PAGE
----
Is Quadrise Fuels International turning the corner?

On November 6 AIM-listed Quadrise Fuels International reported a somewhat reduced loss for the year ending  June 30 2017 (£4.1 million after tax, as compared with £4.8m for the previous 12 months period and £4.9m for the year to 30 June 2015). Group cash stood at £5.0m (2016 £4.3m). Total assets stood at £9.5m (2016 £8.8m) and there was a little revenue at £126,000 (2016 £2,000)

These figures need to be seen in the context of today’s market cap of £34.7m and total accumulated tax losses of £47.3m which could be handy when (and if) Quadrise eventually make a profit.

Quadrise was founded in the 1990s by a group of former BP specialists to produce MSAR (Multiphase Superfine Atomised Residue) a low viscosity fuel oil, which combines heavy fuel oil (HFO) and water to create an emulsion. The resulting mixture is cheaper than the traditional recipe of heavy fuel oil blended with enough refined products to get the fuel oil to flow as a liquid. There are two main commercially viable processes for the use of MSAR, as fuel for ships and in power generation. In both cases that means working with large organisations.

A year ago, Maersk, the world’s largest shipping company was in the process of evaluating MSAR on a trial basis. At that time, the cost advantage over traditional fuel oil was thought to be important in the shipping industry where typically open ocean marine costs represent around 75 per cent of operating costs. But in October 2016 the International Maritime Organization (IMO) decided to implement a 0.5 per cent sulphur limit with effect from January 2020, rather than from 2025. MSAR is not a particularly low-sulphur fuel and the IMO decision led Maersk to bring the trial to a conclusion and to announce in May 2017 that it would opt for a combination of low-sulphur fuel and scrubbers to comply with the new global sulphur cap. So while Quadrise is working on contacts with other shipping companies on the basis of the positive technical results which emerged from the trial, the Maersk decision put paid to any prospects of early commercialisation.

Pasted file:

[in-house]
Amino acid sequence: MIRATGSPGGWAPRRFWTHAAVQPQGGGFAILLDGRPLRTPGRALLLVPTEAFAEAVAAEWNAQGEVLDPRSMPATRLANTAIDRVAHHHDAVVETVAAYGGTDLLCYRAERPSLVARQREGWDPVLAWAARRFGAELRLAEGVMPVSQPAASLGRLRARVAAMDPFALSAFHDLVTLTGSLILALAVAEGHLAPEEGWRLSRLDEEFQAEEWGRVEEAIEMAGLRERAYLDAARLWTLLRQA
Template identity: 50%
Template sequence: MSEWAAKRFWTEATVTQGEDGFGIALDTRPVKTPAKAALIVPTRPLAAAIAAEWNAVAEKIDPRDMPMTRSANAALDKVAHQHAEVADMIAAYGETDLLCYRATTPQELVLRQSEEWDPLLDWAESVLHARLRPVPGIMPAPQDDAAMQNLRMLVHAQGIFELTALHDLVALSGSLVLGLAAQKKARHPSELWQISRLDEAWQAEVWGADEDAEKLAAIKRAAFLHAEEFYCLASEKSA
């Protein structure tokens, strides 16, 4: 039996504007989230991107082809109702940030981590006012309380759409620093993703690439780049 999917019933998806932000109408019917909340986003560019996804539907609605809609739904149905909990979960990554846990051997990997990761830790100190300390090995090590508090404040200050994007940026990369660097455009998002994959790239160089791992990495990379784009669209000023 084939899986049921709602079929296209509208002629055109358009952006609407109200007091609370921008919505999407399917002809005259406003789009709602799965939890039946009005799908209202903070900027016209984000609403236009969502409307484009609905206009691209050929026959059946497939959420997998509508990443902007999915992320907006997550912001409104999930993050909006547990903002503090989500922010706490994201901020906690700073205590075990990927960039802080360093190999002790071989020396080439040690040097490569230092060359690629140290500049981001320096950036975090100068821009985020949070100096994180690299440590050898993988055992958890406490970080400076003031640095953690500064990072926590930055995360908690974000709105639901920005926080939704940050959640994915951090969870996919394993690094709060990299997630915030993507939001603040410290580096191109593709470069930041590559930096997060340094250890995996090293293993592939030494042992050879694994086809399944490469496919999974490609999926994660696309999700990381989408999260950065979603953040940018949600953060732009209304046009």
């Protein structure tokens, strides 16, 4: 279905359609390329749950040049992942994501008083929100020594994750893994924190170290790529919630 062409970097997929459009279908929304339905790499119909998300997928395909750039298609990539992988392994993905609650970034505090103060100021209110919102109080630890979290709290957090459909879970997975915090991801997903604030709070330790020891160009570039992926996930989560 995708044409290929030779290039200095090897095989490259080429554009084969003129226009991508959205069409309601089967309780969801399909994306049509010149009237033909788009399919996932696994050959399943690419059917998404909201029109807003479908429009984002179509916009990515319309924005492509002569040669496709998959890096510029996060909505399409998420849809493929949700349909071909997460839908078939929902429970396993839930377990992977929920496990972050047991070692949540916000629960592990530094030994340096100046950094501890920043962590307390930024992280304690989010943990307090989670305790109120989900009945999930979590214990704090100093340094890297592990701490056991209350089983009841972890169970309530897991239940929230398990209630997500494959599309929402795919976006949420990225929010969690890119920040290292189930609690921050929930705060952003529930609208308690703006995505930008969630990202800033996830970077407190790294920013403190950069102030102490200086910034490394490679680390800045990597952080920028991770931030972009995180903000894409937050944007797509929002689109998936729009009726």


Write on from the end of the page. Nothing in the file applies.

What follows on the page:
The other main use for MSAR is as a feedstock for power generation. The kingdom of Saudi Arabia (KSA) is the world’s largest market for the consumption of crude-oil and HFO for power generation, and Quadrise sees enormous opportunity in the region. The company has been working for some time with a client in the KSA on a trial basis. This cooperation continues, but here too any purely commercial activity is some way off. As a result, in August 2017, so after the end of the report period, the company put in place a number of measures to reduce costs in the immediate future.

However, brighter prospects for the longer-term caused the Executive Chairman of Quadrise, Mike Kirk to comment as follows:- ‘The anticipated substantial widening of the product spread between HFO and distillates is supportive of Quadrise’s business model in the medium to longer term and provides a positive backdrop for our continued business development activities in both the power and marine sectors during the current year and beyond’.

By | 2017-11-14T18:49:46+00:00 November 7th, 2017|Quadrise Fuels International|Comments Off on Is Quadrise Fuels International turning the corner?